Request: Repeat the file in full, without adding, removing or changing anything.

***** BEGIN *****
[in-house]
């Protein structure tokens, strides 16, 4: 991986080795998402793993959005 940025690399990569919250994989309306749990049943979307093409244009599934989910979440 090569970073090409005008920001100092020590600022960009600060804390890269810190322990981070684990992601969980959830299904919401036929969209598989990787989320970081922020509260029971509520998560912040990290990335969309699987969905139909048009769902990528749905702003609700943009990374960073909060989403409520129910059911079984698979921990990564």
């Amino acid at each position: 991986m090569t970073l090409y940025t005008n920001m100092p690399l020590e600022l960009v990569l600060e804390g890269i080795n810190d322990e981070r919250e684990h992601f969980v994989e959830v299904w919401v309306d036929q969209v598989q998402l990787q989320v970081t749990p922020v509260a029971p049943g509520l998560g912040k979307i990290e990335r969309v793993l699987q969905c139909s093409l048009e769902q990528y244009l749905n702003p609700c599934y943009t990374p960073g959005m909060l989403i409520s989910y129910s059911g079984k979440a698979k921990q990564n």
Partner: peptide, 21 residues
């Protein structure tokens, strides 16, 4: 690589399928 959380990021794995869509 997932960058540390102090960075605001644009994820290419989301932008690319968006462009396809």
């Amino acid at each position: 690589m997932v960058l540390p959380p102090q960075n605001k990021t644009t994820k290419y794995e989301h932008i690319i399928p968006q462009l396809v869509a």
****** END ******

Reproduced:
[in-house]
């Protein structure tokens, strides 16, 4: 991986080795998402793993959005 940025690399990569919250994989309306749990049943979307093409244009599934989910979440 090569970073090409005008920001100092020590600022960009600060804390890269810190322990981070684990992601969980959830299904919401036929969209598989990787989320970081922020509260029971509520998560912040990290990335969309699987969905139909048009769902990528749905702003609700943009990374960073909060989403409520129910059911079984698979921990990564």
């Amino acid at each position: 991986m090569t970073l090409y940025t005008n920001m100092p690399l020590e600022l960009v990569l600060e804390g890269i080795n810190d322990e981070r919250e684990h992601f969980v994989e959830v299904w919401v309306d036929q969209v598989q998402l990787q989320v970081t749990p922020v509260a029971p049943g509520l998560g912040k979307i990290e990335r969309v793993l699987q969905c139909s093409l048009e769902q990528y244009l749905n702003p609700c599934y943009t990374p960073g959005m909060l989403i409520s989910y129910s059911g079984k979440a698979k921990q990564n």
Partner: peptide, 21 residues
């Protein structure tokens, strides 16, 4: 690589399928 959380990021794995869509 997932960058540390102090960075605001644009994820290419989301932008690319968006462009396809």
């Amino acid at each position: 690589m997932v960058l540390p959380p102090q960075n605001k990021t644009t994820k290419y794995e989301h932008i690319i399928p968006q462009l396809v869509a």